Amir Khan Must Not Be Written off After Knockout Loss to Danny Garcia

Zachary Alapi@@ZacharyAlapiCorrespondent IJuly 15, 2012

LAS VEGAS, NV - JULY 14:  Amir Khan of Great Britain receives a standing ten count after being knocked down against Danny Garcia during their WBC/ WBA Super Lightweight and vacant Ring Magazine Junior Welterweight title fight at Mandalay Bay Events Center on July 14, 2012 in Las Vegas, Nevada.  (Photo by Jeff Gross/Getty Images)
Jeff Gross/Getty Images

Few boxers face the constant scrutiny Amir Khan is subjected to. While Floyd Mayweather and Manny Pacquiao have become globally recognized crossover stars, many fans and writers had pegged Khan for such a lofty status, not withstanding his already rabid following in the United Kingdom.

On Saturday, Danny Garcia (24-0, 15 KO) stopped Khan (26-3, 18 KO) in the fourth round of their junior welterweight unification fight in what amounted to a significant upset. Naturally, given how Khan was floored multiple times, the questions regarding his suspect chin, which are omnipresent every time he fights, are again at the forefront in the post-fight discussions about Khan’s stunning defeat.

Garcia deserves full credit for his resilient performance and spectacular finish, but any discussion about Khan’s imminent demise or general legitimacy is premature.

Before getting into the specifics of Khan-Garcia, it must first be pointed out that the fight was part of an important bounce-back weekend for boxing. In light of recent steroid scandals and dubious decisions, this past weekend produced two entertaining fight cards with spectacular main events: David Haye-Dereck Chisora and, of course, Khan-Garcia.

It seems that boxing is stuck in a perpetual healing process where Band-Aids are being applied to massive flesh wounds, and it is because of fighters like Khan that boxing can, and will, continue to take steps forward.

The first reason to like Khan is because of his obvious class, and his dazzling array of skills were on display over the first two-and-a-half rounds of his fight against Garcia. Khan’s hand speed and fleet movement were evident, and he landed his straight right hand at will.

Even as Khan continuously beat Garcia to the punch, the fight featured furious exchanges, and the lingering memories of Khan having been floored and stopped in the past made every flurry and counter shot by both fighters meaningful and possibly fight-ending.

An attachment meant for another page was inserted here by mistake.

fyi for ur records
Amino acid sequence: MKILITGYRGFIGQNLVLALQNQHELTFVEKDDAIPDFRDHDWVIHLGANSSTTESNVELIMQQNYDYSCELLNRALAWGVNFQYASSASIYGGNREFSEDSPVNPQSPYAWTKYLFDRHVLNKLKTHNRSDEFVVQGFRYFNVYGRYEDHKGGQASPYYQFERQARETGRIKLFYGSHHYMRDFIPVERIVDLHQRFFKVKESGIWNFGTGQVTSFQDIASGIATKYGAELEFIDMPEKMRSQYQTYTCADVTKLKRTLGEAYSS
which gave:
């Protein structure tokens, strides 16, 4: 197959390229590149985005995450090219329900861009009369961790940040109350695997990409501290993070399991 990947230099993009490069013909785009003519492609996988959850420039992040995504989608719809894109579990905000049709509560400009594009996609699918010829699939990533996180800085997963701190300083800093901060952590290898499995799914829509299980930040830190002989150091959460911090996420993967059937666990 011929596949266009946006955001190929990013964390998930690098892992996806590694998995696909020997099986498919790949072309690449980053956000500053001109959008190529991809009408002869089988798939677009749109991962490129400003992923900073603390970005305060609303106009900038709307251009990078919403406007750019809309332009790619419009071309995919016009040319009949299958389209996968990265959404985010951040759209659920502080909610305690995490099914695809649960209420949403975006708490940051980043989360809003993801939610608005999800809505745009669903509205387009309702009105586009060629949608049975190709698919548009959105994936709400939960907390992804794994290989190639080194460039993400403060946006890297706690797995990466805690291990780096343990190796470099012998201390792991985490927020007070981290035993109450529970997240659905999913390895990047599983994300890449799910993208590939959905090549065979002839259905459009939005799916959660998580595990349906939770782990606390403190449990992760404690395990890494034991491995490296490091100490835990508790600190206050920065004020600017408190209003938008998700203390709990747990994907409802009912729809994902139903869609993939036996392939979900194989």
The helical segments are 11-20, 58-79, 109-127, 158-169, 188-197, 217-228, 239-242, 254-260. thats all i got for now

Had Khan chosen to work behind his jab and his stinging right hand, he could have likely cruised to a unanimous decision. However, it is this dilemma and paradoxical fighting style that is at the core of the enigmatic Khan. Of course, it is fair to criticize Khan for choosing to stand in the pocket with Garcia and go for the knockout. With his superior speed and skills, Khan could easily revert to being a cautious boxer whose primary focus is to protect his most glaring weakness.

“Caution,” however, doesn’t seem to enter Amir Khan’s vocabulary, and it is his aggression, heart and fighting spirit that make him such a compelling boxer.

What the Khan debate boils down to is expectations. Is Khan one day going to reach the absolute pinnacle of the sport the way Mayweather and Pacquiao have? After losing to Garcia, the easy answer is “no,” though at 25, Khan will have plenty of opportunities to make amends.

Fans and writers also need to think about how many fighters actually reach the level of Mayweather or Pacquiao. Boxers who become transcendent crossover stars or cultural icons are few and far between, and it is perfectly reasonable if Khan does not ascend to that level. If Khan falls short of being the next Pacquiao or De La Hoya, he shouldn’t be considered a failure.

The fact is that Khan will remain a championship-level fighter for years to come, and it seems perfectly plausible to expect him to have another significant title reign in (perhaps) multiple weight classes. Obviously, the precise nature of Khan’s future success is mere conjecture and up for debate, but regardless of what happens, people will be watching.

It is Khan’s combination of sublime skills and natural ability, coupled with the omnipresent threat of being knocked out that will continue to make him the principal draw in most of his fights.

Danny Garcia deserves immense credit for knocking Khan out, but it has to be noted that Khan’s aggressiveness, disproportionately large heart and slugging instinct were key factors that contributed to his demise. All of Khan’s fights carry an element of the sublime, but it is the undercurrent of collapse that makes his moments of brilliance all the more memorable.

Writers and fans should not write off Amir Khan. While he might not become an all-time great, Khan represents everything that is right with boxing: He’ll fight anyone, he’ll take less money to make significant fights, he’ll travel to his opponent’s backyard and he’s absolutely thrilling to watch.

So, while no athlete should be immune to reasonable criticism, let’s not forget to acknowledge Amir Khan’s virtues and be excited for his future prospects—even if they involve more defeats.